Does the huge MacBook Air price drop suggest an imminent revision?

A slightly larger, higher-resolution display to set it apart a little more from the basic Macbook, even just the most basic and cost-insignificant tweaks to the ports (a second USB2 port, or even a third, presents neither technical nor design problems and sources at Infinite Loop have repeatedly confirmed this; the existing USB2 controller supports three separate busses/ports and there’s plenty of room on the sides of the enclosure….just changing this will not harm its elegant, uncluttered lines) to go with the faster processors at 2.1 and 2.5GHz — and we’d have a machine that instantly erases the issues which have held it back thus far.

Why has Apple attached so little attention/fanfare to this price drop?

Several reasons, according to the usual sources in Cupertino; primarily, the biggest difference only impacts potential buyers of the SSD-based model and as many readers already know, recent benchmarking & power-draw testing has shown that SSD drives, while relatively fast, don’t really save on battery life and in many cases, the performance benefits aren’t in proportion with the added cost.

So, in truth, these price drops are really only bringing the high-end Macbook Air configuration more into line with a realistic price-performance equation.

Also, the wait for the second-generation Air may be a somewhat long one — not because the Intel/chipset components aren’t in place; they most definitely are, and have been for a good solid two-plus months now.

First & foremost, the delay is a combination of Apple not wanting to change the Air until the Macbook and Macbook Pro have been correspondingly updated (or until those updates are imminent) — and also, several non-motherboard components, as well as the new version of the Air’s uniquely thin and strong enclosure with an even tougher ribbed-frame reinforcement design intended to save even more weight (helping to offset the grams added by the new components/ports/chips), are expected to take at least another two months before being ready to ship in volume.

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  • Nicholas Molnar

    The only thing that would make a big difference in the air, for me, would be built-in 3G; preferably, as a low-cost add-on to my iPhone plan.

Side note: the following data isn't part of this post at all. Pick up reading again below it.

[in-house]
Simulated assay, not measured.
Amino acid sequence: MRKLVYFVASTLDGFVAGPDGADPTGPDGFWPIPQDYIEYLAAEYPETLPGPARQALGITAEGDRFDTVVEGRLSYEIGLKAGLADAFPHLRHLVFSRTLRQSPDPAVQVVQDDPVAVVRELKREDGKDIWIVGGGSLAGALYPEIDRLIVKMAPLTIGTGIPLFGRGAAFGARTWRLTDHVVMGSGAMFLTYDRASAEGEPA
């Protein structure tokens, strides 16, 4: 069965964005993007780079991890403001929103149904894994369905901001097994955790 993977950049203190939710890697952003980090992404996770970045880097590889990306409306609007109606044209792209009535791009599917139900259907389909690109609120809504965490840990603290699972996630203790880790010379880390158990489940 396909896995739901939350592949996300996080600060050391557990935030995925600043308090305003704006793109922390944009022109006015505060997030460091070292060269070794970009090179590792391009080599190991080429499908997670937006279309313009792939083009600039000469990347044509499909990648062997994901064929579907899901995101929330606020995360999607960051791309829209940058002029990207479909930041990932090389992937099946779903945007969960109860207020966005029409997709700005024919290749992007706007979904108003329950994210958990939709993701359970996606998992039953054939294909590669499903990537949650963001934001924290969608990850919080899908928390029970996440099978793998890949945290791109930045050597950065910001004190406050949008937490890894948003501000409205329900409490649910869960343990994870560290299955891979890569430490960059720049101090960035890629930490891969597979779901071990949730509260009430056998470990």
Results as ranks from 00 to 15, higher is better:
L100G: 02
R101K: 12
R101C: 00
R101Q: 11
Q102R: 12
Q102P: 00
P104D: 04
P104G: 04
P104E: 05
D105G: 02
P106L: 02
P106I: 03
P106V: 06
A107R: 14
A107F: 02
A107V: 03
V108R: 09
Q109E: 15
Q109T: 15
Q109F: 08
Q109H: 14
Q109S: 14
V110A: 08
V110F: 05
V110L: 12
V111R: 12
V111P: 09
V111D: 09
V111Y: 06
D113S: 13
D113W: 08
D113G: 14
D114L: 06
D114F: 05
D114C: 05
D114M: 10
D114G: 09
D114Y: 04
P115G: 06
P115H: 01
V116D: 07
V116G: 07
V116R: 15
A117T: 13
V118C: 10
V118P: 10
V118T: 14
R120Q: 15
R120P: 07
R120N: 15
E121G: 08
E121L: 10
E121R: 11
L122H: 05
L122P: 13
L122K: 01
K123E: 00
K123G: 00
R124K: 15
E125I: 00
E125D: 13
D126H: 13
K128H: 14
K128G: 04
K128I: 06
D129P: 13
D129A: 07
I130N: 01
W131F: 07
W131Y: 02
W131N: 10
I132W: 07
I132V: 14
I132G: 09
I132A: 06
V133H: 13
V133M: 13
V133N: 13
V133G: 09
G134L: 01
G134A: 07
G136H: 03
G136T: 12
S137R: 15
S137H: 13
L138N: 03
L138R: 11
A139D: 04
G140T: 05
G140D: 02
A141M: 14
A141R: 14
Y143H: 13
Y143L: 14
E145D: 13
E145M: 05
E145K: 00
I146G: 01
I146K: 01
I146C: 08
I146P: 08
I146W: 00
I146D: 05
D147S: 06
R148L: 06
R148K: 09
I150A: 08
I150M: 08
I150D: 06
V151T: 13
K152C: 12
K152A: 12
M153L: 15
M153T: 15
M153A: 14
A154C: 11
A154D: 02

• raffi jamgotchian

    i would only wish for more memory at this point. A bigger drive would be great but i would be ok without it.

  • ya

    a 15 inch model would sell me on this laptop. i’m fine with all the other specs.

  • Booyah

    I wouldn’t buy this stripped down piece of rubbish at any price. If anything I would buy a new Macbook pro.

  • Brian Hayashi

    I see something closer to the inexpensive netbook format popularized by companies like Asus and Everex. Asus is one of Apple’s contract manufacturers and has tremendous insight into this emerging category.

    Given some of Oppenheimer’s comments in Apple’s 3Q conference call, I’m thinking the price is going to be the same as netbooks from HP but with dramatically better functionality…say $499?

    I previously worked for Dynamac, the first manufacturer of portable Apple computers. For projected hardware and software specs, along with an analysis of pricing drivers see

  • admin


    You’re somewhat close to the mark…..the big hint dropped during the recent quarterly financial results conference call regarding Apple planning to shrink its margins to make an ever more aggressive assault on the rest of the computing/tech/device world has stirred up a whirlwind of speculation; much of it fairly well thought out and based in reality, but when it comes down to the details, most are getting it wrong.

    There is definitely a new portable product, with an emphasis on bridging the Multi-Touch iDevice world to the emerging Multi-Touch portable computer (e.g. laptop, tablet, other portable form factors of otherwise “full blown” computers rather than pure-bred iDevices — a line which will only be getting fuzzier as time goes by!) offerings such as its latest laptops…..but a lot of the juiciest details are under firm embargo by our sources — much as many other rumor-mongers are now holding the cards close to their chests, hedging their bets and trying not to compromise their sources.

    Nonetheless, this new bridge between Macs & iDevices will be only the beginning of a huge move on Apple’s part to compete aggressively on value and further diversify its offerings.

    Expect several new products this year, along with aggressive revisions of its high-end systems like the Mac Pro & Xserve to start pulling in major large-scale projects that can help offset its aggressive margin-shrinking moves.

    As for the Macbook Air….Steve and everyone in the Executive Suite know better than to let this become another PowerMac G4 Cube fiasco. The upcoming revision will be, I suspect, even more aggressive and exciting than we have thus far predicted….

  • admin


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